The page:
Old Town Spring’s reputation for catering to frolicsome shoppers and those seeking deep-fried Oreos is getting a makeover.
Long-standing businesses that have been open for decades now share the town with at least 17 new businesses that have opened in the last year, some of which carry a modish stamp.
The Italian Joint, which opened in May, offers imported soft mozzarella, and Mission Village Market and Coffee Shop, which opened in April, serves gourmet coffee with a conscience.
Yet, the shopping district’s former image still resonates. [polldaddy poll=9339656]
“Old Town Spring is known for festival and carnival food, which is a lot of deep-fried food,” said Joe Macri, who co-owns The Black Sheep Bistro and The Italian Joint with his wife, Maria Gagis. “We don’t have deep fryers in our restaurants.”
The couple chose Old Town Spring to open their first restaurant, Black Sheep Bistro, three years ago because they fell in love with the old town ambience.
“There’s no other town where people stop, park and walk around,” Macri said. “Everything else is a strip mall.”
The couple decided to to expand their footprint in Old Town Spring two years later, with The Italian Joint.
“The Black Sheep has been very successful, so we decided to open an Italian restaurant,” Macri said.
The Old Town Improvement District, formed in 2001 by area property owners and local merchants, promotes and develops commerce in the area. President Pam Golden said commerce in Old Town Spring is improving.
Much of the money that comes in through tax dollars to the improvement district is spent on advertising, said Seth Sanders, owner of Puffabelly’s Old Depot Restaurant and other properties.
“A bigger portion goes to improving the town—like the street lights and sidewalks,” he said.
Harris County is doing its part to help the shopping district as well.
Additionally, after years of using a septic system—which caused many Old Town Spring businesses to close early every day—the shopping community received an upgrade last year. Harris County Precinct 4 installed a new sewer system, adopted by businesses such as Ellen’s Cafe on Gentry Street and Moore Time, a clock shop located on Main Street.
“It’s created more of a nightlife [environment] out here. Before the sewer came, the restaurants were very limited with what they can do.”
– Kathy Moore, owner of Moore Time in Old Town Spring
Installed by Quadvest, a Magnolia-based water and wastewater utility company, the new sewer system includes 8,000 feet of lines and a water treatment plant. More restaurants have begun to use the new sewer system, which has increased the activity in Old Town Spring, Moore Time owner Kathy Moore said.
“It’s created more of a nightlife [environment] out here,” Moore said. “Before the sewer came, the restaurants were very limited with what they can do.”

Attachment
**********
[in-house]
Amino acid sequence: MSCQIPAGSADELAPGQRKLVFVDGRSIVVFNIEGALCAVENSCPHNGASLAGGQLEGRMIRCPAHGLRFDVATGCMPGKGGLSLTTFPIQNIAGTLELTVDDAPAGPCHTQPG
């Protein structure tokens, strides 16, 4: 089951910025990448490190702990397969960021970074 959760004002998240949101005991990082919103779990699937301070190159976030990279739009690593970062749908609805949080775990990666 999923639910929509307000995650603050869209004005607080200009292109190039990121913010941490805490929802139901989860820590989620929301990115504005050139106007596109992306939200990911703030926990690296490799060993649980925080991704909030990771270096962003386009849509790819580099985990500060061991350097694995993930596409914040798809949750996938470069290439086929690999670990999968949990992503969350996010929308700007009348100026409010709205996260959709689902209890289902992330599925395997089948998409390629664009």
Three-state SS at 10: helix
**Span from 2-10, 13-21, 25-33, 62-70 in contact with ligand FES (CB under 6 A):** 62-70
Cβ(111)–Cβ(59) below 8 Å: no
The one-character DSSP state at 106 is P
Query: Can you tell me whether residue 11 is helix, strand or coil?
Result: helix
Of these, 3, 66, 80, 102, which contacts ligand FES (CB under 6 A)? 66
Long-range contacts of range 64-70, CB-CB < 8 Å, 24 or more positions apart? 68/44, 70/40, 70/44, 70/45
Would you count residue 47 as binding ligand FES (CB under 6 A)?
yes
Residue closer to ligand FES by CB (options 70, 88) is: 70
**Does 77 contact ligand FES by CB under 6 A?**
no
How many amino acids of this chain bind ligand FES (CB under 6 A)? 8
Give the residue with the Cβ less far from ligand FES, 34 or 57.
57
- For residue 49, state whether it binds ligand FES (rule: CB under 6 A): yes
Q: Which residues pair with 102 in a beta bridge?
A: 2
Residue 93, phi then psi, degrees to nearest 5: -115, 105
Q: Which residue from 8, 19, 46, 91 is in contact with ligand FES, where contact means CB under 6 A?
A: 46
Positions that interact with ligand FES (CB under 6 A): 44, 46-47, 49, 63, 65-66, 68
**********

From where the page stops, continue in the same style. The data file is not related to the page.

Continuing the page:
Moore said Old Town Spring visitors would inquire about using the business restrooms, and shops with septic systems could not always accommodate those requests.
“I have a clock shop, and if I’m making a $6,000 sale, I don’t want to tell them they can’t use the bathroom,” she said. “It’s definitely been an improvement for us.”
Precinct 4 Commissioner Jack Cagle said sewer helps businesses to be better prepared for the growth in Spring.
“As a county commissioner my concern is the public health questions presented by antiquated septic systems,” he said.
Over the years, Gagis said she has seen business owners open shops on an whim—she calls them hobbyists. They have a more difficult time enduring than owners who take their businesses more seriously, she said.
“Hobbyist people come in and see this cute town, and people open with limited hours, and that doesn’t work,” she said.
Yvonne Denbina, who owns 11-year-old Garden of the Dragonfly Art Gallery on Main Street, said the challenges to opening a business are centered around having a proven product.
“The real error is to go into Old Town Spring and start a business without a plan,” she said. “What works is either to have a home business that you are ready to expand [or] that you have a proven product.”
Several aspiring business owners have failed because they have not considered that, while the rent is on the low end, utilities and marketing add to the overall expense, Denbina said.
Sanders said CorkScrew BBQ on Keith Street is an example of a proven product—the business started as a food truck off Budde Road—and has helped to attract newcomers to the area since moving to Old Town Spring in October.
Macri said that raising the cost of rent and mandating shops remain open in the evening would ward off the hobbyists and stimulate the economy.
“We’re getting there,” Gagis said. “My neighbors say they haven’t been to Old Town Spring in 10 years—now they’re coming back.”
Ebbs and flows
“We had the best Christmas season that we have ever had,” he said. “It was packed down here.”
However, some businesses were negatively affected by the fire at Wunsche Bros. Cafe and Saloon last March, said Shirley Clayton, owner of The Spotted Pony, which is located on Midway Street directly across from the shuttered restaurant. Sanders has seen an uptick in customers to his restaurant since the fire, but Clayton said her business has slowed.
Wunsche Bros. was a destination, and many of Clayton’s past customers noticed The Spotted Pony from Wunche Bros., she said.
“It’s affected my block greatly,” Clayton said. “[Wunsche Bros.] brought people out to the whole town. It’s sad that’s gone. We’re just hoping somebody will buy it and open it back up.”
The property at 103 Midway St. is still for sale, said Realty Executives broker Cameron Collins.